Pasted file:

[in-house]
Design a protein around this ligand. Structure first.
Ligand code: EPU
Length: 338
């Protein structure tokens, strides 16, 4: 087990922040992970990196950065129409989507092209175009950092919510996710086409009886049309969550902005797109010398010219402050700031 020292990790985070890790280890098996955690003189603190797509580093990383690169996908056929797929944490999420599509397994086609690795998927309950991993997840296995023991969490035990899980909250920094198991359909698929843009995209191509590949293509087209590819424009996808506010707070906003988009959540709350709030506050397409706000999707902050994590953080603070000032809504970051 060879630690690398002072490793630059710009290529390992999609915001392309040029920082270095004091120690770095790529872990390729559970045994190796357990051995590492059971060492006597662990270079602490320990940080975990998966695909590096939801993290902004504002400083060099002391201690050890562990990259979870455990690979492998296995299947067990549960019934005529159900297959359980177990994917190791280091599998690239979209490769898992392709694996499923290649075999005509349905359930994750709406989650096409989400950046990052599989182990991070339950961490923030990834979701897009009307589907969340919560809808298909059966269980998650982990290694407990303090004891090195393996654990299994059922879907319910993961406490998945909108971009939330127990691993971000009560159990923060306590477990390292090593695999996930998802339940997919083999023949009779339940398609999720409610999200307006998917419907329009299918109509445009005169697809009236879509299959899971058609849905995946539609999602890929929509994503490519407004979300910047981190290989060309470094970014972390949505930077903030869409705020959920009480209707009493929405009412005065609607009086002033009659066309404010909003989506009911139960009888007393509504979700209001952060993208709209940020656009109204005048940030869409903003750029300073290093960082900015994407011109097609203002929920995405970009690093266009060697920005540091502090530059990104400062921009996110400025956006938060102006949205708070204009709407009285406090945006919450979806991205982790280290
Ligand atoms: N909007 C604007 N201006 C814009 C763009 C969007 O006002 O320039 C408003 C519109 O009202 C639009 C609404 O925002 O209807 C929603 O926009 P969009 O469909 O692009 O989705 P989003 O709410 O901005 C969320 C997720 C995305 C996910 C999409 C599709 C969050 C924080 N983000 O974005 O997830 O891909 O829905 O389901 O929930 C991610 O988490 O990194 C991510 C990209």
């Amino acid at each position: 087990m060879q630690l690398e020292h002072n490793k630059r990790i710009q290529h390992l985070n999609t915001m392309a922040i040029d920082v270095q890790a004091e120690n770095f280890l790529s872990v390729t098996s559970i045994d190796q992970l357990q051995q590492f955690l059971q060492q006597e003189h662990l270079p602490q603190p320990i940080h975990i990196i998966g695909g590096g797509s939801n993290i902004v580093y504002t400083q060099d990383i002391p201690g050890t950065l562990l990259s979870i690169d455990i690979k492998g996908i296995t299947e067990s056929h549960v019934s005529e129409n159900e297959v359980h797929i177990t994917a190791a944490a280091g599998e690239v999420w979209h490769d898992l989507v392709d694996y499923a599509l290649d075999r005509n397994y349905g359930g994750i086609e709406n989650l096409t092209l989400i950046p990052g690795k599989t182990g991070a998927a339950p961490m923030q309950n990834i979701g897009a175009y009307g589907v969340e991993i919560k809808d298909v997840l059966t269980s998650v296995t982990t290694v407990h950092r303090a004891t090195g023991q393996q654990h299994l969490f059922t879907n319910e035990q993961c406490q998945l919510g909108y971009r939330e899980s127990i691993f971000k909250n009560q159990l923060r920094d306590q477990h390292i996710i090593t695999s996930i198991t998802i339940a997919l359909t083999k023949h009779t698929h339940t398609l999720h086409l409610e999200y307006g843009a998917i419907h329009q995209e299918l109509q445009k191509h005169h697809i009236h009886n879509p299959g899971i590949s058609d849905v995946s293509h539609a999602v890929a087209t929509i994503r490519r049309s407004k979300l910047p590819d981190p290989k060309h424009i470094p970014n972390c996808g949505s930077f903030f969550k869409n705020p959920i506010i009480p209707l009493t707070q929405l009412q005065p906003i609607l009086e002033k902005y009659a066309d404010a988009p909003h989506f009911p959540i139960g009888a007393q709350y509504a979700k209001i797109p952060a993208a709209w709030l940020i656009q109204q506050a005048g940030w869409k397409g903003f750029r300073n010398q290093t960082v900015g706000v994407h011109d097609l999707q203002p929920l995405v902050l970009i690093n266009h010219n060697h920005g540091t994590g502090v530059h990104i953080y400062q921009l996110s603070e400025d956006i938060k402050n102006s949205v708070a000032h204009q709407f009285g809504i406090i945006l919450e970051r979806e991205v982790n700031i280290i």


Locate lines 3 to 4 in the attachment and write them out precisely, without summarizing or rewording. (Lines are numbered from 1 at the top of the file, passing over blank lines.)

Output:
Ligand code: EPU
Length: 338